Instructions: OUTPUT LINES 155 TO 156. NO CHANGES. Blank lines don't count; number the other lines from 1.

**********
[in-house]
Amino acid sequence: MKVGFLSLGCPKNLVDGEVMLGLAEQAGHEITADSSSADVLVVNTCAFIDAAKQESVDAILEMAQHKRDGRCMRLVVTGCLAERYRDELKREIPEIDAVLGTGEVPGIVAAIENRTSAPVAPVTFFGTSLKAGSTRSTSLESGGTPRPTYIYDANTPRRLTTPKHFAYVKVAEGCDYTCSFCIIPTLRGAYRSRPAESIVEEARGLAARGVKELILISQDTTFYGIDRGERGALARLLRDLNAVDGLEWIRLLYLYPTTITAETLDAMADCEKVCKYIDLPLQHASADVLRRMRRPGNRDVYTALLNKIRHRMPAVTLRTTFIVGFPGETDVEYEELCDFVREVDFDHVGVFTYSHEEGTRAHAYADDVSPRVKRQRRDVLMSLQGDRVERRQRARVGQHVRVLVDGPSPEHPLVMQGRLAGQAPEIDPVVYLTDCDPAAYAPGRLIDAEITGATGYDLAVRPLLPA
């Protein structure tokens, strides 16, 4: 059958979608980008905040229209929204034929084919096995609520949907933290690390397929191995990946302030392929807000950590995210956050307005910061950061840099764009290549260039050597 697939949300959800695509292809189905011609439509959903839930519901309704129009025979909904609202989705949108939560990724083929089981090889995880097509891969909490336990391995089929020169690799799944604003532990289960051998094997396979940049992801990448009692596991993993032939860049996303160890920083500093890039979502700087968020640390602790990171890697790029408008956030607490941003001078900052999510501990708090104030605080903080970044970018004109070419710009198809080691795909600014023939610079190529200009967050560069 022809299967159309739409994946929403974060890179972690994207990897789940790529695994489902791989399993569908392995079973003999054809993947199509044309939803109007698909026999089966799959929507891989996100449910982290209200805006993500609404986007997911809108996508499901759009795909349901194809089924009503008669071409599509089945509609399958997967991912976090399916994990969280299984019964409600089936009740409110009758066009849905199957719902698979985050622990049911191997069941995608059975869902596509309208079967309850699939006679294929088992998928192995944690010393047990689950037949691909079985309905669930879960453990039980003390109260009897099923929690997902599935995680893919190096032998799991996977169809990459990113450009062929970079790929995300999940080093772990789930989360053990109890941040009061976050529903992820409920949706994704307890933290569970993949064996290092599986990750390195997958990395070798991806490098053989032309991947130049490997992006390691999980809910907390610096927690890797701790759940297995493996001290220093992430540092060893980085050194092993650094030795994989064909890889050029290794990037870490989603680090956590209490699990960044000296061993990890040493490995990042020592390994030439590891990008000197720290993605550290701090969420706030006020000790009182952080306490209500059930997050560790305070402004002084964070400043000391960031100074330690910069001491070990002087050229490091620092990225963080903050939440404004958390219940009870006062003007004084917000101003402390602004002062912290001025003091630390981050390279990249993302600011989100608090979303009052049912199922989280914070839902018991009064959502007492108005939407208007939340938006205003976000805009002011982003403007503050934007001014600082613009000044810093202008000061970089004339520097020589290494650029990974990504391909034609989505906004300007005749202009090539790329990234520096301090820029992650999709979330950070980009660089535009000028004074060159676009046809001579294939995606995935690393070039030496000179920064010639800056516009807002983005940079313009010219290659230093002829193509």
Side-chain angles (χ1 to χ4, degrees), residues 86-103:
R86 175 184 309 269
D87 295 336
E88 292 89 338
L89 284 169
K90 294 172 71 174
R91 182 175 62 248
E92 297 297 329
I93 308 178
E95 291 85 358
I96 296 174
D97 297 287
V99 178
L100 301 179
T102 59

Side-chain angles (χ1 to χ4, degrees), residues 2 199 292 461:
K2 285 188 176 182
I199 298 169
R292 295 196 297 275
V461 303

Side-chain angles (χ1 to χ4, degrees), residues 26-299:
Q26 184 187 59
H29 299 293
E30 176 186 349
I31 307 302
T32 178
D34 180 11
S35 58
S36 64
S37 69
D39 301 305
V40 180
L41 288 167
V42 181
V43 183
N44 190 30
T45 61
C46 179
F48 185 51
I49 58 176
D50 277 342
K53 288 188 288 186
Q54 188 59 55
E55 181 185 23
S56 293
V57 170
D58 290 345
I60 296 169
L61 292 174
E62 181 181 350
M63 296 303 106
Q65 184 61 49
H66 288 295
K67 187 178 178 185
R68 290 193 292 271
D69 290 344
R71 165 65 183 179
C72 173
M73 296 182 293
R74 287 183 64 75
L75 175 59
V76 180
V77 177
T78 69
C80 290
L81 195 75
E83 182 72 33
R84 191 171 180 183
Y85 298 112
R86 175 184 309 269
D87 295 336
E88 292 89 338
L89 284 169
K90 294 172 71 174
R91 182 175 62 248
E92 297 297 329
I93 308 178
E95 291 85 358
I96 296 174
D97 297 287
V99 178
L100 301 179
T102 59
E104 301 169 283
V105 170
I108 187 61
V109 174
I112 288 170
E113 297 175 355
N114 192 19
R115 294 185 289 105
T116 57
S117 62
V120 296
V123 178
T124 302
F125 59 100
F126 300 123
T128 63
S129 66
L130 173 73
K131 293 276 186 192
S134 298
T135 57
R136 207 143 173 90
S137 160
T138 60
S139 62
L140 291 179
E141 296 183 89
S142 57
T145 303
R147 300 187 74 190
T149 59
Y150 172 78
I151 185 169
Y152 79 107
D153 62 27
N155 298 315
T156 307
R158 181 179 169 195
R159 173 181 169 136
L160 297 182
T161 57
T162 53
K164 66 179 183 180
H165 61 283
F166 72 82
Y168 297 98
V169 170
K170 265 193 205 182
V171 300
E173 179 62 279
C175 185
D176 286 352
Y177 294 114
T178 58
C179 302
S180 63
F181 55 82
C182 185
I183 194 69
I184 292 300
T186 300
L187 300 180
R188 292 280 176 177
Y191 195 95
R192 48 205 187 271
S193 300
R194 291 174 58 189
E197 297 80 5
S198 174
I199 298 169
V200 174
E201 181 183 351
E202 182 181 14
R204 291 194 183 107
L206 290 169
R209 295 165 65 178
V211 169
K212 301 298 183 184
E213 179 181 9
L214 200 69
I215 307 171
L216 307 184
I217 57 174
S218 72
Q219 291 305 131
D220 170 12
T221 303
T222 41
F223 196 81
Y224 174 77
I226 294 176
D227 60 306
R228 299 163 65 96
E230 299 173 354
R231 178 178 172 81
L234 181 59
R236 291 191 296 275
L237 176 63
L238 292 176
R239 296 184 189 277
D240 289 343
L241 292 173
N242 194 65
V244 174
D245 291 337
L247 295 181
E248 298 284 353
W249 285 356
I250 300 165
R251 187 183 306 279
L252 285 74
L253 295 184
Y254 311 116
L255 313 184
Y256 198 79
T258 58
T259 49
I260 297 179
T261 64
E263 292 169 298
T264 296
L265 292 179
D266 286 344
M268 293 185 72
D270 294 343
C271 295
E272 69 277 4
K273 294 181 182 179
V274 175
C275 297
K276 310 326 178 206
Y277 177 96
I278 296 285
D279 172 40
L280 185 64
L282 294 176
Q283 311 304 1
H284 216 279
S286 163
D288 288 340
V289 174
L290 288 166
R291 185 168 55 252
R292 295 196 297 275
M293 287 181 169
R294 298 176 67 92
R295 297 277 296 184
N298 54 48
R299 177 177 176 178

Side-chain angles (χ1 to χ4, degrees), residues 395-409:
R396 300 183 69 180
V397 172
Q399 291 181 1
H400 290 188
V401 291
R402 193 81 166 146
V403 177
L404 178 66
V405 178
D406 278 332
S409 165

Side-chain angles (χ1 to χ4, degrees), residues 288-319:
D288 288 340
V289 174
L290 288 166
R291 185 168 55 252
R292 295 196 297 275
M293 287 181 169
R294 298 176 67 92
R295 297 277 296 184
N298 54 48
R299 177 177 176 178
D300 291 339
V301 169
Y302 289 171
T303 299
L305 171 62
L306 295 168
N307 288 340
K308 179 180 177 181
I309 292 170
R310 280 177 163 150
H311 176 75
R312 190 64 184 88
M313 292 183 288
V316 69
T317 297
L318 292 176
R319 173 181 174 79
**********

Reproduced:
S198 174
I199 298 169